You wouldn’t think that the primary issue with optimizing cloud computing workloads would be getting good data. Figuring out math problems (hello, integer-constrained programming) worthy of a dissertation, sure. Writing a distributed virtual machine, maybe. Getting good data about a workload to run against good data about what the viable machines to put it on are? Not so much.

Well, you would be wrong. While the majority of the IP is in said math problems, the majority of the WORK is in the data — getting it and cleaning it up. And the data problem alone is enough to make you realize why everyone just picks an instance size and rolls with it until it doesn’t work anymore.

Last week we started the work to expand our platform from AWS-only to Azure. One of the first steps to that is what we call a “catalog”: a listing of all the possible virtual machine sizes across all possible regions with all of their pricing information (because, of course, pricing and availability vary). You would hope that this sort of catalog would be readily accessible from a cloud service provider (CSP). At the moment, the state-of-the-art is the work of many open-source contributors working together to scrape different CSP sets of documentation.

For AWS, we love ec2instances.info for this information, though we still had to get all of the region information in less savory ways. Different folks have attempted to do similar things for Azure, but Azure doesn’t make it easy. Pricing is different across Linux and Windows, because of course it is, but the information they give you when trying to look at pricing is missing some bits:

Screenshot comparing B-Series instances on Azure

That’s right, you get vCPU, RAM and storage. No notion of IOPS or networking, which might be enough for some folks, but we think you deserve better. But hey, maybe we’ll add the B1S to our estimate and see what that looks like?

Azure B1-Series estimator screenshot

I mean, I guess that’s better? Per some definition of those words? The hidden $50 for storage transaction units makes me want to die a little, though. Pretty impressive how less than two cents an hour can balloon so fast, isn’t it? Notably we’re still not getting information beyond vCPU, RAM and disk space.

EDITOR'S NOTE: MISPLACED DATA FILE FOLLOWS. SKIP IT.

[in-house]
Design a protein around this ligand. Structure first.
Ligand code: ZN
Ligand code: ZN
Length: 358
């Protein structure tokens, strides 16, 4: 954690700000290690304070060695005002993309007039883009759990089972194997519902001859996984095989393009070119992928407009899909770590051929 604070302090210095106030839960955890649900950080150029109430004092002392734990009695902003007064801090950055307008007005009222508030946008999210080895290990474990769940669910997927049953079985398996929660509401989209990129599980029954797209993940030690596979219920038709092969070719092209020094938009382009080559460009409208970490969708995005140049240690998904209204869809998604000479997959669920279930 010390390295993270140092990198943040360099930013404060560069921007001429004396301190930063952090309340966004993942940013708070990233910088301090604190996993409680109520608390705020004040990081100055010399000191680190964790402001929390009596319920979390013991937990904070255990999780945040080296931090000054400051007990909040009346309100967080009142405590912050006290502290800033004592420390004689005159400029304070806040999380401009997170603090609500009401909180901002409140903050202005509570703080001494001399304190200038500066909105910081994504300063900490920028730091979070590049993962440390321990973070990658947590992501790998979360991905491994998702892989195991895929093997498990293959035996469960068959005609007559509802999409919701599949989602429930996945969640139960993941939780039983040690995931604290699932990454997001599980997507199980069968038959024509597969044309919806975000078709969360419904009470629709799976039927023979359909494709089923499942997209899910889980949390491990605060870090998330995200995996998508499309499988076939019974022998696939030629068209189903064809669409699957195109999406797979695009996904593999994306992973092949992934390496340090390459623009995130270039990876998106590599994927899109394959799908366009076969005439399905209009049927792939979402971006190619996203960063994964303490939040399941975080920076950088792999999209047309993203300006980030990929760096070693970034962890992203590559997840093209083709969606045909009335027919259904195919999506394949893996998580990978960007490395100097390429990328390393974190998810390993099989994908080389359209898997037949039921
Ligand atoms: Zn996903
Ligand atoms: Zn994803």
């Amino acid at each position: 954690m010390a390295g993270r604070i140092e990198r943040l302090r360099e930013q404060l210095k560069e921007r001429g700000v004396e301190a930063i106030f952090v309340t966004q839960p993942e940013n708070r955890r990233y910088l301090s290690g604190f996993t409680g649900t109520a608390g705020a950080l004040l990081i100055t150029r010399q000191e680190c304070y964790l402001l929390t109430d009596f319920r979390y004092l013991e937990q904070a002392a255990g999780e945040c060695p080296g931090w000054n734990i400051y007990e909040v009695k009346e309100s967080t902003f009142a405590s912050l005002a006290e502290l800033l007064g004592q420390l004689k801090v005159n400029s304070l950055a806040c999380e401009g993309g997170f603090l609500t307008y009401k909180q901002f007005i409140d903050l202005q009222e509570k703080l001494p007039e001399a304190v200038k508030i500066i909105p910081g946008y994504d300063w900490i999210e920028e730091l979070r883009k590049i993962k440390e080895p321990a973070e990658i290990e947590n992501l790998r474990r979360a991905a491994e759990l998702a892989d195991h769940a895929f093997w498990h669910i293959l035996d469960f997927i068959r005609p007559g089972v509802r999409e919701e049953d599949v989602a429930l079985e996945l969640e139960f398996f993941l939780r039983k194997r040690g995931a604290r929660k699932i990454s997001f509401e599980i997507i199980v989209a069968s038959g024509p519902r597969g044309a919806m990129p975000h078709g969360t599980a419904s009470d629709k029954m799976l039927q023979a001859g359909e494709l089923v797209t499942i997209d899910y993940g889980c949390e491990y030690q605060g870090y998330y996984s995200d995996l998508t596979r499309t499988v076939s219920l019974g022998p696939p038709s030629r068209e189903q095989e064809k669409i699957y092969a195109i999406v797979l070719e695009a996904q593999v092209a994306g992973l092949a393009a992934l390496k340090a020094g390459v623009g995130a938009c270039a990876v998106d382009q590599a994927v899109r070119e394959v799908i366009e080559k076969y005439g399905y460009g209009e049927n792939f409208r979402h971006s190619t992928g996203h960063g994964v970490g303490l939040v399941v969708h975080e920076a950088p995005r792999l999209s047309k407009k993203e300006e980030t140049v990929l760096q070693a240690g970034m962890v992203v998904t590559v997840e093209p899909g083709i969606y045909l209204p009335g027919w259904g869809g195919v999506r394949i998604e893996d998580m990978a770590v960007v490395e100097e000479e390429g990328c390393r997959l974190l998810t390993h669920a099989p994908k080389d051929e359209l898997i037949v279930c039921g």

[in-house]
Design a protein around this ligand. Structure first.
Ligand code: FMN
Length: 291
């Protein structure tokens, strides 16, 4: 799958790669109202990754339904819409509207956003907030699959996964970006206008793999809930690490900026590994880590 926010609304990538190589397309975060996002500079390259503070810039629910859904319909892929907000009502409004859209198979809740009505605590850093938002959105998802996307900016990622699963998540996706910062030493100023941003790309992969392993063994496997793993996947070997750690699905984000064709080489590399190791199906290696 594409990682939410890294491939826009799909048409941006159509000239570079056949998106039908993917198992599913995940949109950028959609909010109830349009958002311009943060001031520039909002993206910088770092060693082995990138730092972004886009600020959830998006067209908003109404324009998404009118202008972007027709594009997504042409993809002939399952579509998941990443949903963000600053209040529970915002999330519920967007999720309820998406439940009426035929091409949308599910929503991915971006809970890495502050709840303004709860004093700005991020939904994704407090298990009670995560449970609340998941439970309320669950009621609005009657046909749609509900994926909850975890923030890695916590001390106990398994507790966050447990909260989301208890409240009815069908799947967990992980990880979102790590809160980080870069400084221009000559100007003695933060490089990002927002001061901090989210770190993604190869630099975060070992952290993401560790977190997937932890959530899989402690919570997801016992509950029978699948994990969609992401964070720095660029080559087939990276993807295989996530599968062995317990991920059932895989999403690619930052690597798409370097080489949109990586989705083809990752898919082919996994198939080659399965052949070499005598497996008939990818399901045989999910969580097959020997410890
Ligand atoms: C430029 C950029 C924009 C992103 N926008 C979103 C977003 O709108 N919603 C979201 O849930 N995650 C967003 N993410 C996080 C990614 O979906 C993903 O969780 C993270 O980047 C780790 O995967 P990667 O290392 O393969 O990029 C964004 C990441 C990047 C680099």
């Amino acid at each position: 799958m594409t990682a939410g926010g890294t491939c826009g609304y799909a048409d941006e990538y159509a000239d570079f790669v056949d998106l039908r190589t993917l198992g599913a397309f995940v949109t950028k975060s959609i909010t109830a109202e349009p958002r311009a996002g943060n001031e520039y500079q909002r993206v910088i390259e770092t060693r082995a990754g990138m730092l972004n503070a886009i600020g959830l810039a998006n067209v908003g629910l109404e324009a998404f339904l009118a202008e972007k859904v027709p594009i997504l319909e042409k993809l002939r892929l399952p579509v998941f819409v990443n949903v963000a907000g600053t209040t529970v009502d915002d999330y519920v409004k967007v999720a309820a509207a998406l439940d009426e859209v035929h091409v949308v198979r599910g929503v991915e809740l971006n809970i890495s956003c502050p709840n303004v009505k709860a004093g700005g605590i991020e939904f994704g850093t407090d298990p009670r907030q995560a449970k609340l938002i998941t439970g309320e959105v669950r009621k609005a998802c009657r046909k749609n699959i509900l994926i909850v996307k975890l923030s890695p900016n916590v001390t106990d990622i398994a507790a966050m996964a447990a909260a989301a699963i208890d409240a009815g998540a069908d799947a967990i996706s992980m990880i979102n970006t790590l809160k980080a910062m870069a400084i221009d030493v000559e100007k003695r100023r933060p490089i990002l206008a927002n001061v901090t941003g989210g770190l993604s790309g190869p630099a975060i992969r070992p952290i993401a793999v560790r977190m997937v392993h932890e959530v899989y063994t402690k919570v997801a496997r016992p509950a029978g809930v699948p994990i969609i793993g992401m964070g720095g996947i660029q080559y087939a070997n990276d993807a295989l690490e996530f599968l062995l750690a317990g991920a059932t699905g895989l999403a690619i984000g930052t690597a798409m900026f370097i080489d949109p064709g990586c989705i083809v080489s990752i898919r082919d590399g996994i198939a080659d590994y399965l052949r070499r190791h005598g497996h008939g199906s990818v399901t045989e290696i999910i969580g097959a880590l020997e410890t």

So, how do we get that? We go spelunking through the Azure docs. Again, it get split into Linux vs Windows, though as far as I’ve been able to tell thus far, they are wholly the same. Digging into them for the B-series, we finally start to get something meaty!

B-series screenshot from Azure docs

Behold! IOPS. No information on networking, though, beyond the number of NICs (network interface controllers). Well, that’s a bummer. Is that the case for all of the machines? Ha, no — just scroll down to the D-Series.

D-series screenshot from Microsoft Azure docs

This is where we run into trouble for our page-scripting heroes. Microsoft Azure sort-of-kind-of provides the same information about each of its instance families, but not universally, leaving you to extrapolate expected network bandwidth and so much more.

All that being what it is, we’d like to introduce you to our Azure catalog and the tools to generate it, and to encourage you to fill in any information you can fill in. And soon we’ll be introducing you to our Azure offering itself … after we fix the problem of getting data from Azure Monitor, of course. 😂

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